WHO study finds country differences in physical activity, screen time and sleep habits of children

A recent analysis of results from the WHO Childhood Obesity Surveillance Initiative (COSI) provides a unique overview of the physical activity habits of children in the WHO European Region. The study shows that more can be done to increase physical activity, reduce screen time and ensure quality sleep among children in the Region and that there are clear differences in the prevalence of these behaviours between countries.

Across the Region, Portugal had the lowest levels of children cycling or walking to school, with nearly 80% being driven by their parents or using public transport – compared to just 6% in Tajikistan, where the vast majority actively travel to class.

Stephen Whiting, one of the authors, said that the “Physical activity, screen time and sleep” report could help guide policy-makers, schools and parents to improve the well-being of children.

“The findings are interesting as they show clear differences between countries in the ways that children are active. Governments can use these results to guide their efforts to increase physical activity levels of children, to set them up for an active and healthy future.”

Active children become active adults

Physical activity is an important determinant in the prevention and management of childhood obesity, which is associated with many serious health problems during childhood and increases the risk for noncommunicable diseases.

Our physical and socio-cultural environments largely determine where and how we can be active. Physical activity habits during childhood tend to track into adolescence and adulthood; establishing physically active behaviours early on can reap dividends in later life.

One pattern highlighted in the study is that children in central Asian countries are more likely to walk or cycle to school, but less likely to be a member of a sports club than those from northern or southern Europe.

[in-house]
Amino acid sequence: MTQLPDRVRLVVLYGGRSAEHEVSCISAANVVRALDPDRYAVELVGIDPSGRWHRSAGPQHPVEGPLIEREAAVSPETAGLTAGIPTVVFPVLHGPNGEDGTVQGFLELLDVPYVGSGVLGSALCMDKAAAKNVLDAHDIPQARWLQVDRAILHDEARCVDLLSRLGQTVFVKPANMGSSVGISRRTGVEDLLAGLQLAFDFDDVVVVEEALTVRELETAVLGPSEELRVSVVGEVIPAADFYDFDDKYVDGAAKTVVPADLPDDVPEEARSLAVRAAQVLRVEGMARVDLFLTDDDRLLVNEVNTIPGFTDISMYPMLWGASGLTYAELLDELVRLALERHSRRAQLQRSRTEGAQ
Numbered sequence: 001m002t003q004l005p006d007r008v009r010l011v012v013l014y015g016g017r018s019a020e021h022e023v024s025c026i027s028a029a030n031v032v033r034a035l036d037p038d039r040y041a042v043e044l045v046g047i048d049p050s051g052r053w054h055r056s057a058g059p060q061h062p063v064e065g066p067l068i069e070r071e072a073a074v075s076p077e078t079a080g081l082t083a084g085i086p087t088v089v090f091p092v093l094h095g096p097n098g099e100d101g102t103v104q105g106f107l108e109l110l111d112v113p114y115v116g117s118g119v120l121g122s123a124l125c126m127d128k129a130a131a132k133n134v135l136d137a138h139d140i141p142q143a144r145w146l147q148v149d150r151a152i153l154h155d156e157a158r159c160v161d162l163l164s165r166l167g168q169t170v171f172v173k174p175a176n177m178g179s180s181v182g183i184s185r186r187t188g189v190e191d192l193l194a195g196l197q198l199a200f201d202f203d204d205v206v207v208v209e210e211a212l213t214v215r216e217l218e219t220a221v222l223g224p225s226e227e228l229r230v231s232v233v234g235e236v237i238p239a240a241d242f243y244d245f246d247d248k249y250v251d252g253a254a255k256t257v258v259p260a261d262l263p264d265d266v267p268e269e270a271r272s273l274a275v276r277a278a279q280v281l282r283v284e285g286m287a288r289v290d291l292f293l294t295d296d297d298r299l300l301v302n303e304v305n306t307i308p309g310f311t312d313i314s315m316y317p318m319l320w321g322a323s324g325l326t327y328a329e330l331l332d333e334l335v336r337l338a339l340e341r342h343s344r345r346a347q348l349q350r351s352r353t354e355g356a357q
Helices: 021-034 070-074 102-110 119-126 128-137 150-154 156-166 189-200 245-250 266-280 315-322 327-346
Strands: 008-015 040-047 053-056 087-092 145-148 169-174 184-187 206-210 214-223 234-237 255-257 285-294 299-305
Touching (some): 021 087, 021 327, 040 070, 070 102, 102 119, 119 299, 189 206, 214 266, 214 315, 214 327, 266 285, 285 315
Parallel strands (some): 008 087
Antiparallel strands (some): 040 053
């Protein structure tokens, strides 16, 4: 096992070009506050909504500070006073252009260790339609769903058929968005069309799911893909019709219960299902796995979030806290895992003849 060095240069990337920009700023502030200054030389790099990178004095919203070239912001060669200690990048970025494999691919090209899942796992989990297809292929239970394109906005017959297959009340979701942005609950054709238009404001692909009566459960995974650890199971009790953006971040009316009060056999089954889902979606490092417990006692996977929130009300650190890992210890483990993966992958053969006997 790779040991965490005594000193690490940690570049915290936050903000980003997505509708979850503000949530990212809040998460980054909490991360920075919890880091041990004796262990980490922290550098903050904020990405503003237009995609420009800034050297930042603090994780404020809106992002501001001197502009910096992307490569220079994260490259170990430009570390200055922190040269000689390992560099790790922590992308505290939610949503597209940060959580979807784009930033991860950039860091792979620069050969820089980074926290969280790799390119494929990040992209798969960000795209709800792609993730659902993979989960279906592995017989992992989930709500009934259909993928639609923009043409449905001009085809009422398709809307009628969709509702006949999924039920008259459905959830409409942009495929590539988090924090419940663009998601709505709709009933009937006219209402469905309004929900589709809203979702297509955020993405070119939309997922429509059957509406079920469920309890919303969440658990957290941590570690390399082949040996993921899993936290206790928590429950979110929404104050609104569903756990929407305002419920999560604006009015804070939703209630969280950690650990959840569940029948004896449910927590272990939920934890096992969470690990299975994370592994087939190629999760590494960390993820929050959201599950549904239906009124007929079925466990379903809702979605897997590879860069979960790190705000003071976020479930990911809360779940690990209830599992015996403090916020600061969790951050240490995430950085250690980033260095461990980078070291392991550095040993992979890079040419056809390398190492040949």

“There is a big gap in the understanding of parents and the community of the importance of including physical activity as a natural part of their children’s lives,” says Shynar Abdrakhmanova, the Principal Investigator for Kazakhstan.

Ana Rito, the study’s Principal Investigator for Portugal, who has 3 teenage boys herself, says that this is a different world from the one she knew as a child.

“When I was growing up, we didn’t have any screens to distract us. We would naturally look to go outside and play with our friends. This is a different environment now, but it doesn’t mean that because it is different that it can’t work. There are new ways of being physically active.”

The challenge of addressing sedentary behaviour and screen time

Active play (unstructured, outdoor physical activity in children’s free time), active transport (cycling or walking) and participation in sports, are the major contributors to total physical activity among children.

It is important that as children grow and develop that, in addition to high levels of physical activity, they also achieve low levels of sedentary behaviour and sufficient sleep each day.

Time spent using screen-based devices increases sedentary behaviour, which has been linked with a higher intake of energy-dense snacks, drinks and fast foods, and overall higher energy intake.

The lure of screens and devices is a particularly difficult one for parents to overcome. Shynar Abdrakhmanova, who has 4 children, points out that simply restricting them might not work. Rather, children need something more exciting to replace them with.

“Children should be doing something more interesting than, for example, merely being outside or just doing something active that isn’t on a screen. Something should attract them to do physical activity. This could involve doing something in the community, or organized physical activity. But schools are crucial – they spend a lot of time there and more lessons should be based around physical activity, and more time given to organized sport.”

Ana Rito says that while modern life has meant there are fewer ways for children to get physical activity as part of a normal daily routine, simply finding the right solution can overcome the problem – and even make them more physically active than previous generations.

The differences in the prevalence between countries shows that there are opportunities for national policy-makers to learn from experiences across the Region and to adopt what works.

Countries can use these findings to guide the development of policies and interventions to increase physical activity, reduce screen time and stop the rise in childhood obesity.

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